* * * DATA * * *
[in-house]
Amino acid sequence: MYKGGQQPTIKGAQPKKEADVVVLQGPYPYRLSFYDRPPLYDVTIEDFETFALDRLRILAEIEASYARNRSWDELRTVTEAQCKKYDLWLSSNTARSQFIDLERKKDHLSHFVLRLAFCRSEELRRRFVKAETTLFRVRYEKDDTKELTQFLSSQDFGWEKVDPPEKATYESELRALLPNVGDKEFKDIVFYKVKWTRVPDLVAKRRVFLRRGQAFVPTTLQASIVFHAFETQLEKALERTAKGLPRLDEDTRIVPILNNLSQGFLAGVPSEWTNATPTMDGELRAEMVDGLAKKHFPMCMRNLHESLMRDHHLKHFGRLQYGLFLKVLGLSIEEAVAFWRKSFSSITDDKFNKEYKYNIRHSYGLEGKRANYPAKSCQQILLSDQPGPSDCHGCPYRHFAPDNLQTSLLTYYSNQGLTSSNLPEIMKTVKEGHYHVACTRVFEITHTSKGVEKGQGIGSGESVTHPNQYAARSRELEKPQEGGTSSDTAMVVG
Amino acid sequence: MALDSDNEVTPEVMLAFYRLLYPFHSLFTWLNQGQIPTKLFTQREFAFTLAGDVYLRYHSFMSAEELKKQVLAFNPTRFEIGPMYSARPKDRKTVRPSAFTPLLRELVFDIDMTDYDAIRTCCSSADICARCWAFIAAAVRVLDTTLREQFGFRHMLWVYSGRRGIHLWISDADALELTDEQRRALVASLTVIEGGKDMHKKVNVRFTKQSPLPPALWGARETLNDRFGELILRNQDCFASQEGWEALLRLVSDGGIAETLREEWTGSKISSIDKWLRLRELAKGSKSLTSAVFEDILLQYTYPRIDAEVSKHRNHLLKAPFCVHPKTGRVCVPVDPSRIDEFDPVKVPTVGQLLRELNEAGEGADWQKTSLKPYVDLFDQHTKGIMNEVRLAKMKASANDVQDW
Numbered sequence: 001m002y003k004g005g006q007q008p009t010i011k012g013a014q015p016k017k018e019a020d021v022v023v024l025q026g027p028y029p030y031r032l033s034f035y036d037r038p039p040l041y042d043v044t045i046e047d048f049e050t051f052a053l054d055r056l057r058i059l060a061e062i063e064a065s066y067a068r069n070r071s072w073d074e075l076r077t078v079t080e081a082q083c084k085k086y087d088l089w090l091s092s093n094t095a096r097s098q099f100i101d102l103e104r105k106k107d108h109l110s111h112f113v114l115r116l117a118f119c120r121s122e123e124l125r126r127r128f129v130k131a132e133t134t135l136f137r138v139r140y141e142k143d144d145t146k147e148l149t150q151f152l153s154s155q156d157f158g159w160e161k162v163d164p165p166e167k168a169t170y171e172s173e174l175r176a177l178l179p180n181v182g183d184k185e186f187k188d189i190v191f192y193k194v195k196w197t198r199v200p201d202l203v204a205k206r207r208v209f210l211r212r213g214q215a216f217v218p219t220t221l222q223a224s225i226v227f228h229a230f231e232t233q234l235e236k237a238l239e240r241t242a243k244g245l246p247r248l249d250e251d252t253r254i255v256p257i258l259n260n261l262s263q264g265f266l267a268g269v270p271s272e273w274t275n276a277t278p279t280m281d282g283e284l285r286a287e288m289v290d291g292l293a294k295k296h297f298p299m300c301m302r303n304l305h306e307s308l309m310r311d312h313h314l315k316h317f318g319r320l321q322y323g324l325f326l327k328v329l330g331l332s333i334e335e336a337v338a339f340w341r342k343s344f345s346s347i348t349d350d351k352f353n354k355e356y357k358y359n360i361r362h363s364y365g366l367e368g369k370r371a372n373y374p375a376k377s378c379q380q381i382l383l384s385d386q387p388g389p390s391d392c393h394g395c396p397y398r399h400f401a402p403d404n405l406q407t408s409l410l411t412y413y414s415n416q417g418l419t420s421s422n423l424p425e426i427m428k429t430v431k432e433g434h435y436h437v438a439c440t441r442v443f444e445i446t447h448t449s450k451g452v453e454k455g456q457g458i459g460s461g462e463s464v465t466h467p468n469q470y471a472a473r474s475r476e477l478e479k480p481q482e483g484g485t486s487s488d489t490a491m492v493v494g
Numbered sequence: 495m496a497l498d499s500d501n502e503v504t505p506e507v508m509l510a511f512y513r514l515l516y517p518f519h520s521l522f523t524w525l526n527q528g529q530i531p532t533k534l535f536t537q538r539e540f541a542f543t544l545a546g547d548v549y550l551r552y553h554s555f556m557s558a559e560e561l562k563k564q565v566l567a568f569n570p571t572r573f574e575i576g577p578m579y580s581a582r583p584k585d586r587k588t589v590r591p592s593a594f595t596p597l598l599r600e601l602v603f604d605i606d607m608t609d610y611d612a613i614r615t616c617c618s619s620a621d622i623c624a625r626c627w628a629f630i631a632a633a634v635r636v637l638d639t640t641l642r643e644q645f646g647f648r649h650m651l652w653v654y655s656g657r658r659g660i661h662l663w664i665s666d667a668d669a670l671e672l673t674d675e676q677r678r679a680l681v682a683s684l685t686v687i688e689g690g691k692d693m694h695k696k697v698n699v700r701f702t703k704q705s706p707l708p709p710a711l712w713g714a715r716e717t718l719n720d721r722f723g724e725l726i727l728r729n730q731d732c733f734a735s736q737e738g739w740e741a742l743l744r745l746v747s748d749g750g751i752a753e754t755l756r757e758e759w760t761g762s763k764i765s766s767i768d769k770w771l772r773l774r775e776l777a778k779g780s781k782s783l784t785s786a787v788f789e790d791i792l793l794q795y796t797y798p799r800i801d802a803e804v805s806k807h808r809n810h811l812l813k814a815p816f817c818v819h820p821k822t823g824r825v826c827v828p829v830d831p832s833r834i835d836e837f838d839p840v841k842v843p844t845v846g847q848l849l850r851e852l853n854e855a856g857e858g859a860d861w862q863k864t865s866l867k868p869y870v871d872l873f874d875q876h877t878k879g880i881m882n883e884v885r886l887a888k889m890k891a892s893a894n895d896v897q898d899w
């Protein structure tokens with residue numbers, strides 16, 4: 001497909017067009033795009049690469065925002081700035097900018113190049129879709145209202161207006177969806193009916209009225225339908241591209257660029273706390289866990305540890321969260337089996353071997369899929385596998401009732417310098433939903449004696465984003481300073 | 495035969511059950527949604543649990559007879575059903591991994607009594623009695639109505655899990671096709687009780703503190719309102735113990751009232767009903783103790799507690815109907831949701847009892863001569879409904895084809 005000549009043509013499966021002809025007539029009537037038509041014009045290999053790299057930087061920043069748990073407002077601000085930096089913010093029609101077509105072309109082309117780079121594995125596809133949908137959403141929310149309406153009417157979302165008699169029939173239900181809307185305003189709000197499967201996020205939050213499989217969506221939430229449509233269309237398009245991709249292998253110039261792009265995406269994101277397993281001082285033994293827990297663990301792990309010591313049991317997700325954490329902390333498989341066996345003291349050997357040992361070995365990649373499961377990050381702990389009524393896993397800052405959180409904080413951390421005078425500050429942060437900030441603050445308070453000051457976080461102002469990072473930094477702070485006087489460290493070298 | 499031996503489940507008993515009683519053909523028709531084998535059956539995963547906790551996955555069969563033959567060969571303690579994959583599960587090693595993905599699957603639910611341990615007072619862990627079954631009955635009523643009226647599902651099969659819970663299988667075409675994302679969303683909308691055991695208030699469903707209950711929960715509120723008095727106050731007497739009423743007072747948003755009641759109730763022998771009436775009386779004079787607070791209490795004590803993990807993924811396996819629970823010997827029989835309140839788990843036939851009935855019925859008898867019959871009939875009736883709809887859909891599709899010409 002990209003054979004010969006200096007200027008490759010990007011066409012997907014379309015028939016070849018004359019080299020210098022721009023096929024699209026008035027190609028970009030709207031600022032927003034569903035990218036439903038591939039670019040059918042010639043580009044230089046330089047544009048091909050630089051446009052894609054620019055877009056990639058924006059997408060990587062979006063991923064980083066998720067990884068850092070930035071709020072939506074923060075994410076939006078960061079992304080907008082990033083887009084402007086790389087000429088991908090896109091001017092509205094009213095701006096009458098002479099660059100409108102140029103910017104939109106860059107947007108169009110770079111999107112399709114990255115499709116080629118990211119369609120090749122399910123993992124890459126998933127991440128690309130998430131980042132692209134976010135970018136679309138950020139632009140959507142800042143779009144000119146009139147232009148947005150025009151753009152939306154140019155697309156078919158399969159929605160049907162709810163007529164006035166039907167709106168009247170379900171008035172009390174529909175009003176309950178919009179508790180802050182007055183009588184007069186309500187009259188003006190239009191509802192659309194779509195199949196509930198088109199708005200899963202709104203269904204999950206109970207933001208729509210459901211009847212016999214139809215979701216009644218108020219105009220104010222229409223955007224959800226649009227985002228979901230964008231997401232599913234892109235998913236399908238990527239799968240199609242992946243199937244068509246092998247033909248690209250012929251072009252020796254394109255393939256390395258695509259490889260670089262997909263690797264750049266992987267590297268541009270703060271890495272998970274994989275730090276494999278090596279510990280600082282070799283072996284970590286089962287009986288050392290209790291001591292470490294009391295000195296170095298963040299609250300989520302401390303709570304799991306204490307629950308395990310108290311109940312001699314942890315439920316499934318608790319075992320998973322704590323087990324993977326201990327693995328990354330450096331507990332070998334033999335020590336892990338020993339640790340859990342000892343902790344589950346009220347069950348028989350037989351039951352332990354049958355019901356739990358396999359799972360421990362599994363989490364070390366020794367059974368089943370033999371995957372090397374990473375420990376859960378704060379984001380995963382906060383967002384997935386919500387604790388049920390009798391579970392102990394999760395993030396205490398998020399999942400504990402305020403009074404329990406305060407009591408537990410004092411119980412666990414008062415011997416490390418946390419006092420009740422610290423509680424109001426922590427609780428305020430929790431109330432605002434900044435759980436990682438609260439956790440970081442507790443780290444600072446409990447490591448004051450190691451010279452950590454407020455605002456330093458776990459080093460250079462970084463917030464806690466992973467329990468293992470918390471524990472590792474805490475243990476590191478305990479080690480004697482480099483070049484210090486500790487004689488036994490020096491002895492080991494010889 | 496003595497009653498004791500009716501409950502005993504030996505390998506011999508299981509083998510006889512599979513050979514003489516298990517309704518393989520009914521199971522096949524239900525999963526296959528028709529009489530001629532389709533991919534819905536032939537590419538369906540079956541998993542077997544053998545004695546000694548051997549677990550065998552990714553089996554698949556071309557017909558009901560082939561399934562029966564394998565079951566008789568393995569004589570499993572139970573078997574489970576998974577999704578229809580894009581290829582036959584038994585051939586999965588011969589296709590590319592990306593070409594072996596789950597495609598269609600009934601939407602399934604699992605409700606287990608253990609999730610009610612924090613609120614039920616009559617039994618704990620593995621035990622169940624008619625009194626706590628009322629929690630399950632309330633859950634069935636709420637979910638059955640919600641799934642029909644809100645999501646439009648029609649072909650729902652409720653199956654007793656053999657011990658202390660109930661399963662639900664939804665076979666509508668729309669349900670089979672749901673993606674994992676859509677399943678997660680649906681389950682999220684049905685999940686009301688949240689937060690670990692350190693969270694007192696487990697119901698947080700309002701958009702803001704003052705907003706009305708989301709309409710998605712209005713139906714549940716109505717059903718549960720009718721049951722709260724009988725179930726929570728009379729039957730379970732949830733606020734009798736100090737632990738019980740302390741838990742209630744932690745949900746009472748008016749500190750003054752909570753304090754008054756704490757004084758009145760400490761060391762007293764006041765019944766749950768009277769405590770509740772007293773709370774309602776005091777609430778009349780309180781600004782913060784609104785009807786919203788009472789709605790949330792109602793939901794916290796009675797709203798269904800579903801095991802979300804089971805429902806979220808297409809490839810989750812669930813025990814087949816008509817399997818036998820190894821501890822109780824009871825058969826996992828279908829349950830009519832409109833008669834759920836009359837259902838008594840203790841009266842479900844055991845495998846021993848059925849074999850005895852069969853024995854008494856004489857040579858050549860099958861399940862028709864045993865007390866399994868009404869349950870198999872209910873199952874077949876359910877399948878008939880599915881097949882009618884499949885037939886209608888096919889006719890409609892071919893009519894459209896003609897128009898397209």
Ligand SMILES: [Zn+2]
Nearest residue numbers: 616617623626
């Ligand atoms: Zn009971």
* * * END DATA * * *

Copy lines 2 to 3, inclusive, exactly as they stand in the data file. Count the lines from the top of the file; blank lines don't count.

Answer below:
Amino acid sequence: MYKGGQQPTIKGAQPKKEADVVVLQGPYPYRLSFYDRPPLYDVTIEDFETFALDRLRILAEIEASYARNRSWDELRTVTEAQCKKYDLWLSSNTARSQFIDLERKKDHLSHFVLRLAFCRSEELRRRFVKAETTLFRVRYEKDDTKELTQFLSSQDFGWEKVDPPEKATYESELRALLPNVGDKEFKDIVFYKVKWTRVPDLVAKRRVFLRRGQAFVPTTLQASIVFHAFETQLEKALERTAKGLPRLDEDTRIVPILNNLSQGFLAGVPSEWTNATPTMDGELRAEMVDGLAKKHFPMCMRNLHESLMRDHHLKHFGRLQYGLFLKVLGLSIEEAVAFWRKSFSSITDDKFNKEYKYNIRHSYGLEGKRANYPAKSCQQILLSDQPGPSDCHGCPYRHFAPDNLQTSLLTYYSNQGLTSSNLPEIMKTVKEGHYHVACTRVFEITHTSKGVEKGQGIGSGESVTHPNQYAARSRELEKPQEGGTSSDTAMVVG
Amino acid sequence: MALDSDNEVTPEVMLAFYRLLYPFHSLFTWLNQGQIPTKLFTQREFAFTLAGDVYLRYHSFMSAEELKKQVLAFNPTRFEIGPMYSARPKDRKTVRPSAFTPLLRELVFDIDMTDYDAIRTCCSSADICARCWAFIAAAVRVLDTTLREQFGFRHMLWVYSGRRGIHLWISDADALELTDEQRRALVASLTVIEGGKDMHKKVNVRFTKQSPLPPALWGARETLNDRFGELILRNQDCFASQEGWEALLRLVSDGGIAETLREEWTGSKISSIDKWLRLRELAKGSKSLTSAVFEDILLQYTYPRIDAEVSKHRNHLLKAPFCVHPKTGRVCVPVDPSRIDEFDPVKVPTVGQLLRELNEAGEGADWQKTSLKPYVDLFDQHTKGIMNEVRLAKMKASANDVQDW